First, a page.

A new study released on Tuesday revealed that enterprises are focusing on threats rather than the protection of their data.
The study from Varonis Systems, “The Data Security Money Pit: Expense In Depth Hinders Maturity,” conducted by Forrester Research, illustrates that by investing in point products enterprises are focused on threats rather than their data.
What is the value of data security?, the study posits. Most enterprises assess in terms of risk, cost and regulatory compliance. “However, at a time when the biggest source of competitive differentiation comes from how businesses exploit digital technologies to create new value for customers, increase their operational agility to serve customers, and form digital ecosystems that generate entirely new revenue streams, data security and privacy is so much more than cost reduction. It is, in fact, a driver of revenue and growth,” the study explains.
Highlights of the Varonis study include:
• 62% of respondents have no idea where their most sensitive unstructured data resides
• 66% don't classify this data properly
• 59% don't enforce a least privilege model for access to this data
• 63% don't audit use of this data and alert on abuses
The challenge, according to the Varonis report, is that businesses today are dependent on an amalgam of security tools to defend their networks, lower costs and streamline operations. But, data security is still fragmented, the report found.
Varonis commissioned Forrester in September 2016 to examine the landscape to assess the need for a data security platform. Forrester surveyed 150 data security decision-makers across a wide variety of industries in the U.S. and Canada and found that "changing strategies from a product to a platform will transform data security for companies."
The study revealed three key findings:
Investing in data security products does not translate to maturity. Most organizations have implemented a variety of technology solutions to help with data security. But a high security investment does not translate to high maturity with data security, nor does it mean a unified security strategy.
Low maturity with data security manifests itself through challenges. Despite claims of high maturity, an overwhelming majority of companies face technical and organizational challenges with data security, are focused on threats rather than their data, and do not have a good handle on understanding and controlling sensitive data.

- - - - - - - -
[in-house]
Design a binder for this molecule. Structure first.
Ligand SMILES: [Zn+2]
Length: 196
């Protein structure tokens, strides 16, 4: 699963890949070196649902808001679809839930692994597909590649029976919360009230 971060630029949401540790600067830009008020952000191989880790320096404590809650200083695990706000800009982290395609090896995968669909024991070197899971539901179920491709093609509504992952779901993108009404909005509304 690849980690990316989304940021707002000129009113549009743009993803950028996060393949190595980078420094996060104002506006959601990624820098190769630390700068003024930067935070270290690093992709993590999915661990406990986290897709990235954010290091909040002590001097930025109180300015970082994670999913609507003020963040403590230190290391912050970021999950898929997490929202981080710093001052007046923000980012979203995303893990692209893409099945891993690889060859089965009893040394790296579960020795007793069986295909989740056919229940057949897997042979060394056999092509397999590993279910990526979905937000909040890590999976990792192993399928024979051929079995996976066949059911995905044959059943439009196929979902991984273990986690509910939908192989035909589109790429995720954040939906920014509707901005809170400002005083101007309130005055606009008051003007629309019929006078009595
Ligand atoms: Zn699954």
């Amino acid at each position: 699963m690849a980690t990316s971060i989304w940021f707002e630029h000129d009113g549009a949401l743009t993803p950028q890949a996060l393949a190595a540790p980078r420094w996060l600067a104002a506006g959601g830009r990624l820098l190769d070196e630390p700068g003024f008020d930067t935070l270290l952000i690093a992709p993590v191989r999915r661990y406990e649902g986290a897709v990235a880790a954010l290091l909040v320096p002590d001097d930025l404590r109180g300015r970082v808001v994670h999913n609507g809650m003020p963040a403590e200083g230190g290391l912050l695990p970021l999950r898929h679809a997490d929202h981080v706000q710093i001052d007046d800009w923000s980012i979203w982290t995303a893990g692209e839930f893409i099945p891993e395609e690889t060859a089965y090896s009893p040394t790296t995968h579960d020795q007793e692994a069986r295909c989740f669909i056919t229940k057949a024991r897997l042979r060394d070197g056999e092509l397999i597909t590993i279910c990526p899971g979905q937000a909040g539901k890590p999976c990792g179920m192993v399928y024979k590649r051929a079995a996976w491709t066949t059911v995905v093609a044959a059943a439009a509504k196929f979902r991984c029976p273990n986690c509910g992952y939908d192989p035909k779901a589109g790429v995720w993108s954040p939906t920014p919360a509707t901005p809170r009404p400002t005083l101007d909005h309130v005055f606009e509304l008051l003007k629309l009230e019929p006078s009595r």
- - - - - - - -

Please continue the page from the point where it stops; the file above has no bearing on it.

There is an appetite for a unified data security platform. A unified data security platform will improve data strategy by helping to provide the data visibility and governance that firms desire, while controlling costs and addressing integration concerns.
"A unified data security platform offers core capabilities to help organizations not just establish a robust technology foundation for their data security strategy but also create conditions that help to push firms toward greater security maturity and value-add to the business," the study concludes. "Integration with existing infrastructure is the key. "It's time to put a stop to expense in depth and wrestling with cobbling together core capabilities via disparate solutions."
"In the wake of headline breaches, we've seen a lot of reactive, emergency spend that fails to yield success in improving overall security," David Gibson, vice president of strategy and market development for Varonis, told SC Media on Tuesday. "You can invest in a lot of point solutions that mitigate specific threats or perform specific tasks, but they often don't directly protect the data itself."
Data needs to be viewed more consistently as an asset, and therefore, Gibson said his firm takes a more mindful approach to protecting it – asking what data is collected, created and stored, where is it, who has access to it, how is it being used, and can an admin know when someone destroys, tampers with, or steals it?
"Organizations that take a more thoughtful approach are focusing on their data, and approaching its security more like they approach the security of their financial assets – putting them in secure places, granting access to only those who need it and monitoring all the 'transactions' to detect fraud or misuse," Gibson said.
It's easy to get caught up in focusing on the threats and attack vectors. This is what helps to make headlines when companies get breached, Forrester analyst Heidi Shey told SC Media on Tuesday. "To protect your data, you have to understand what it is you're trying to protect and why and how that data needs to be used, in order to determine the how when it comes to security."
A data-centric approach starts here, Shey said, and gives data an identity based on sensitivity, criticality and other contextual information. This way, users can figure out what controls are needed and bring those controls closer to the data in order to protect it wherever it needs to go through that data's lifecycle, she added.